chinery und we came to a stop.
I Steers, good.................... email@example.com three other persons, including Twenty-
out fan wise. As they shot Into the !
Setting the T ra p .
“We had passed close t>y to several
¡Cows, choice................... 9.25@ 9.85 have reached Vienna.
Prussian vessels earlier In the eve leaping out of the water with her bow |
j Cows, medium................ 8.50@ 9.25 Crops in the Coeur d’Alene and St.
ning. hut had not touched them, for torn off. The others sheered and the j
Cows, fair....................... 7.50w 8.25 Joe River valleys were ruined Monday
ours wns a mission of observation. So second Hnd third, thus running up the j
H eifers........................... firstname.lastname@example.org when flood waters broke through the
we considered that we would fall In mine tm il, lx>th struck, each one being
Bulls................................. 6.00@ 8.50 St. Joe river dikes and flooded 15,000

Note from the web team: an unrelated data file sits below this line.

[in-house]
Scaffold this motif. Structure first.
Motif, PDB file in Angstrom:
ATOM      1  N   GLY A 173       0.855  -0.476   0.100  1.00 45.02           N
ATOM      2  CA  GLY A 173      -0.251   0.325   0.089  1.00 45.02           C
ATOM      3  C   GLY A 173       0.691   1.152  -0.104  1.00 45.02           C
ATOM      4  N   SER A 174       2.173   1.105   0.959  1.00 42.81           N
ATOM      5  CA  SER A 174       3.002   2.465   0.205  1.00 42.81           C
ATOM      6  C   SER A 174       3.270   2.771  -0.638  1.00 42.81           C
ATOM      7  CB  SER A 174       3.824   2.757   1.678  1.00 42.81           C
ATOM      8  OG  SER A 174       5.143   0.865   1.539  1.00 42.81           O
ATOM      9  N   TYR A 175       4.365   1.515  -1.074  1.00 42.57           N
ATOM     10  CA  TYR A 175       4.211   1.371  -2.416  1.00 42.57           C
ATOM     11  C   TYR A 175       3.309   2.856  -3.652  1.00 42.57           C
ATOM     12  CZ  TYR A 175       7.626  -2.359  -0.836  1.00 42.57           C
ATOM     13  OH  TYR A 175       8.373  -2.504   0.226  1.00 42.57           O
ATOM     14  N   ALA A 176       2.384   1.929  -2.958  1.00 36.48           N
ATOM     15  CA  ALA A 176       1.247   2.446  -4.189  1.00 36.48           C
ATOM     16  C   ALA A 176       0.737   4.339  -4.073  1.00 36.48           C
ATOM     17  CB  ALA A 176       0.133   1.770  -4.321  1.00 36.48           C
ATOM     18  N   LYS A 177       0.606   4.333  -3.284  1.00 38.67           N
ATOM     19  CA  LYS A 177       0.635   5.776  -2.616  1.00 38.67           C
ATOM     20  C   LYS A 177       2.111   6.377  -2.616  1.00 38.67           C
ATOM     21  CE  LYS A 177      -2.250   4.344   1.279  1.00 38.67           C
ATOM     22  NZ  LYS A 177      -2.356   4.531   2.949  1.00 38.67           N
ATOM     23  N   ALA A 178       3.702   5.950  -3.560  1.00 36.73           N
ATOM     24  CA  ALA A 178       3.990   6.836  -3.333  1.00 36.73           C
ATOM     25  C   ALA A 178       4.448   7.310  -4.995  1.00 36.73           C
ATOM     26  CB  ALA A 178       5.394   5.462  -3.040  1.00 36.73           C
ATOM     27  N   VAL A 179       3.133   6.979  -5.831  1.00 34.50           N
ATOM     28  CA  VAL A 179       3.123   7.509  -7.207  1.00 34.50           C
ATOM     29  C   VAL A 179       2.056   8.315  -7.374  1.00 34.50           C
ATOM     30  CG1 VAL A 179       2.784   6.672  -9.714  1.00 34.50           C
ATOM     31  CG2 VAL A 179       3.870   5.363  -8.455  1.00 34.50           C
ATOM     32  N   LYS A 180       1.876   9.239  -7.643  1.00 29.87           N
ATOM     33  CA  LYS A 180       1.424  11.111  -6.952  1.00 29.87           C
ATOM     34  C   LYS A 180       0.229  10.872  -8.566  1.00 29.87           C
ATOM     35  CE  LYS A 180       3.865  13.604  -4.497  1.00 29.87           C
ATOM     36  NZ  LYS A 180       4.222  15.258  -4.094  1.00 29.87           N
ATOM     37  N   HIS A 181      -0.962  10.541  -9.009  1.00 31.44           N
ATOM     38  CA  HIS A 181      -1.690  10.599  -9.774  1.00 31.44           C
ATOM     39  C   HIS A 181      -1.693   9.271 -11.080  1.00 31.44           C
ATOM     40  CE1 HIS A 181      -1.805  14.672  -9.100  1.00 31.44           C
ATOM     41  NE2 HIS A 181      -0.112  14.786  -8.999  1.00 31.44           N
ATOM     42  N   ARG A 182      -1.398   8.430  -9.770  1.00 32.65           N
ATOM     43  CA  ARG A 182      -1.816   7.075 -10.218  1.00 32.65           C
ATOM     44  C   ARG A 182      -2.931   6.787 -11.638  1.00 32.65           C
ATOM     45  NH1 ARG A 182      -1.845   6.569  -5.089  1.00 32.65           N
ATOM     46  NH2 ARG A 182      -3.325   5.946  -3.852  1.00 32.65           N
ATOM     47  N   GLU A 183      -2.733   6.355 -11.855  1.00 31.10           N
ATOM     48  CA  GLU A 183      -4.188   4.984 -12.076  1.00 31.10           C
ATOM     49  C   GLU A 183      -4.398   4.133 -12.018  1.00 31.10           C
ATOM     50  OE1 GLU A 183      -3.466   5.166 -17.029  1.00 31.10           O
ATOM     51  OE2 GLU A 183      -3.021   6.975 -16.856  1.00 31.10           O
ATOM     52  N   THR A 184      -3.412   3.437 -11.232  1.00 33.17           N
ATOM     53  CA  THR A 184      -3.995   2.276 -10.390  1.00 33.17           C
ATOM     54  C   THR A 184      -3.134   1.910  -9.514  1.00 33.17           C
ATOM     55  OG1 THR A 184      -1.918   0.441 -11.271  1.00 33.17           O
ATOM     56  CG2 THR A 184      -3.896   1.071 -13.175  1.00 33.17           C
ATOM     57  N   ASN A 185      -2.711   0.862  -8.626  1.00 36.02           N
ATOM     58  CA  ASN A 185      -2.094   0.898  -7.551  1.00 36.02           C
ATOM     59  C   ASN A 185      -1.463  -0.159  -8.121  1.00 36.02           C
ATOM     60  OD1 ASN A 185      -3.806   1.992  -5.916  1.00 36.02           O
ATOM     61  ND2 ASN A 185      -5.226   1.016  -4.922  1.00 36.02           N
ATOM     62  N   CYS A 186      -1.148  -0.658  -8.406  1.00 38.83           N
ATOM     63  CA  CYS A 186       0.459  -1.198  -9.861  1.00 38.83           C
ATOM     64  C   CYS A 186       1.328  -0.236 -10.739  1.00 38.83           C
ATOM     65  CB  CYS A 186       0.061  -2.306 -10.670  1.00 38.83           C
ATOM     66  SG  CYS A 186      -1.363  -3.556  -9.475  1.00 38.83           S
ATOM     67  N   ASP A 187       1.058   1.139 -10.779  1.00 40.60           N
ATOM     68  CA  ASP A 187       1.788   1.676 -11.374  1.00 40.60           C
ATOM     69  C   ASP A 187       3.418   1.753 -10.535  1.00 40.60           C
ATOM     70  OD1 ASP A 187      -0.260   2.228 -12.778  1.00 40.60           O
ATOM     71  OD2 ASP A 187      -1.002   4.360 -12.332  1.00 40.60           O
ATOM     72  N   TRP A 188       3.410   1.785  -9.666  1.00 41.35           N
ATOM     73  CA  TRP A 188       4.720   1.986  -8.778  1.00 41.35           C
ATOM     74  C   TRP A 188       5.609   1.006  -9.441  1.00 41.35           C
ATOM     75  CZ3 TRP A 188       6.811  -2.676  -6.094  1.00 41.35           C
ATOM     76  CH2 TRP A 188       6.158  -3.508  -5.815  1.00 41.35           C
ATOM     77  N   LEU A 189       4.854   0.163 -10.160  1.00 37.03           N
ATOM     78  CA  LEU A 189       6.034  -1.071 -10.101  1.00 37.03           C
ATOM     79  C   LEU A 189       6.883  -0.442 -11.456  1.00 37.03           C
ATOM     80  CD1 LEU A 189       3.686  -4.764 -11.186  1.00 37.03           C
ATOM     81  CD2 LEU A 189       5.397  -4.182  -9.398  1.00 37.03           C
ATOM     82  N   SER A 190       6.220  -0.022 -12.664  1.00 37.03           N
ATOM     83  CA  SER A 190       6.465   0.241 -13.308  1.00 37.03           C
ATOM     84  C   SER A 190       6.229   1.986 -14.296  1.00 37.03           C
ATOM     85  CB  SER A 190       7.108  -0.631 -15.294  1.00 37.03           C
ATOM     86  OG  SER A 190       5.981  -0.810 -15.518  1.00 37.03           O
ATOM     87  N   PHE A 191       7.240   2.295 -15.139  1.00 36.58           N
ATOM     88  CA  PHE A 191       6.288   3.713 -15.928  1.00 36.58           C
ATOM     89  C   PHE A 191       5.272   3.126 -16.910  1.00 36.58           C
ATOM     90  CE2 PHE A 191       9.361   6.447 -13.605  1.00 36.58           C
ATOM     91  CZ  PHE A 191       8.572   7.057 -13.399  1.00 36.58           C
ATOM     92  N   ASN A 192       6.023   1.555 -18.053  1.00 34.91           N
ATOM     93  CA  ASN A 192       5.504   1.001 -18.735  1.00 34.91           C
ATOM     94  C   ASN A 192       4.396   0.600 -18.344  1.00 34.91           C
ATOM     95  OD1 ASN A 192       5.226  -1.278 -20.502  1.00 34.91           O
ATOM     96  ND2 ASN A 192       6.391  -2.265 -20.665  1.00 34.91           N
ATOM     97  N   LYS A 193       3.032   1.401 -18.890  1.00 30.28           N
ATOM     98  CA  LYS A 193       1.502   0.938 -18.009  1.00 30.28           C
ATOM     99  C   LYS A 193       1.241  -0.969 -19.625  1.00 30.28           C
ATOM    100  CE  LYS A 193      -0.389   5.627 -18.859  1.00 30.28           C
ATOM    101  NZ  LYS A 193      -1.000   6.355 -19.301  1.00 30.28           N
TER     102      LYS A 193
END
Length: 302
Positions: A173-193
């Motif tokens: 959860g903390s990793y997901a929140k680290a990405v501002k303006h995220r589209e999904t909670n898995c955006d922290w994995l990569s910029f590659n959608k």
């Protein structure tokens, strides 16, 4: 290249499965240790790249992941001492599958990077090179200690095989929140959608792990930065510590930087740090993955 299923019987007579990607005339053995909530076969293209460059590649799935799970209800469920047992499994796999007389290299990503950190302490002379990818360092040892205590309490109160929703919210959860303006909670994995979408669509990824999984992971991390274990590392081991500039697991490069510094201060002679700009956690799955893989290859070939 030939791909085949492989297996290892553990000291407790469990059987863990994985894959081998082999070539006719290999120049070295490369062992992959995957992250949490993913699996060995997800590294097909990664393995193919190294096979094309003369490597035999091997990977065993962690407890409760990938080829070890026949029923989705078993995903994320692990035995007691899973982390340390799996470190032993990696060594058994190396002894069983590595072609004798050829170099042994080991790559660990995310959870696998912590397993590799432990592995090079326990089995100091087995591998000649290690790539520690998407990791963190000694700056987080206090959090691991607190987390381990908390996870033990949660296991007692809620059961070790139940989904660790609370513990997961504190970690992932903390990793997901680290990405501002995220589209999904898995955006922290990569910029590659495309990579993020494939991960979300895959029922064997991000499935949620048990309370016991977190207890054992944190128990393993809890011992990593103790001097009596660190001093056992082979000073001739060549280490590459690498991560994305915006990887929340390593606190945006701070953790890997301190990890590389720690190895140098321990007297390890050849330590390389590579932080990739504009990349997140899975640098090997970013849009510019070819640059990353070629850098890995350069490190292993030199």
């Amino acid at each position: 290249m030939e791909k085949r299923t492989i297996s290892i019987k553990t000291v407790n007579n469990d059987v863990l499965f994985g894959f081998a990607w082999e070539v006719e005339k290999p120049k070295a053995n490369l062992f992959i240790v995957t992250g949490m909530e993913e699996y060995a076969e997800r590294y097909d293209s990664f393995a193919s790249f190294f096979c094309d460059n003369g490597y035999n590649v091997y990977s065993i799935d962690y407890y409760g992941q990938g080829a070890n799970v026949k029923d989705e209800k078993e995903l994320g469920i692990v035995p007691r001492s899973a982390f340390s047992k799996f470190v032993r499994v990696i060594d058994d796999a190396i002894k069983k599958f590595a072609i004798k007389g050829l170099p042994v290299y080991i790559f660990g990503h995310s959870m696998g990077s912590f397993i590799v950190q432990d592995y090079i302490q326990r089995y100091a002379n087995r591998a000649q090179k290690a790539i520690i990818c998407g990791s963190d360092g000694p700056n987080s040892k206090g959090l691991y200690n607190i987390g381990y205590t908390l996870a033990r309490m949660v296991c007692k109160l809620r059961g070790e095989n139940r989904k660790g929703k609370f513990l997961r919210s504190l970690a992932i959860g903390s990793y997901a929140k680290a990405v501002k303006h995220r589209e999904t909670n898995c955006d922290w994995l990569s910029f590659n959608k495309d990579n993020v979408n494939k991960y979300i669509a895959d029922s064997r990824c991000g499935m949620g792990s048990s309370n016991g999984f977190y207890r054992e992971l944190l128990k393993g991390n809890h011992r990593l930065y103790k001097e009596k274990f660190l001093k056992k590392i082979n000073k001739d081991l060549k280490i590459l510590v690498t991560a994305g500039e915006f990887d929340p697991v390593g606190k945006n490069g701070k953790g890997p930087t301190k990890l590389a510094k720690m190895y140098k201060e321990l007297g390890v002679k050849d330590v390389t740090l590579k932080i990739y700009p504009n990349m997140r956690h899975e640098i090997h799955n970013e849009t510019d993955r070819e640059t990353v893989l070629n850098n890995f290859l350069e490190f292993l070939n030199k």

with one very soon. Sure enough. In fairly torn to pieces. The fourth de
email@example.com acres of land. All sawmills along the
an hour's time we caught sight of a stroyer, her engines reversing nt top
dark shape coming down und which speed nnd hauling her back on her
two rivers have been forced to close
Rough heavies................ firstname.lastname@example.org because
of high water.
would apparently run afoul of us If we haunches, took a pot shot nt the traw
Pigs and skips................ email@example.com
kept on. Through the night glassea ler for luck, realizing that they hnd
to bring the regular army to
firing we Norman McCltntock of Pittsburgh Stock hogs....................... firstname.lastname@example.org its Orders
our lieutenant made her out to he a run Into a trap. As she
strength of 293,000 men
trawler. At once he decided on n des crept slowly up and let her have a tor well-known naturalist* and ornitholo
by »he War department.
perate expedient He sent off the
gist. Is shown here with his movie cam Lambs............................... 10.25@ 13.50 Organization of 44 new regiments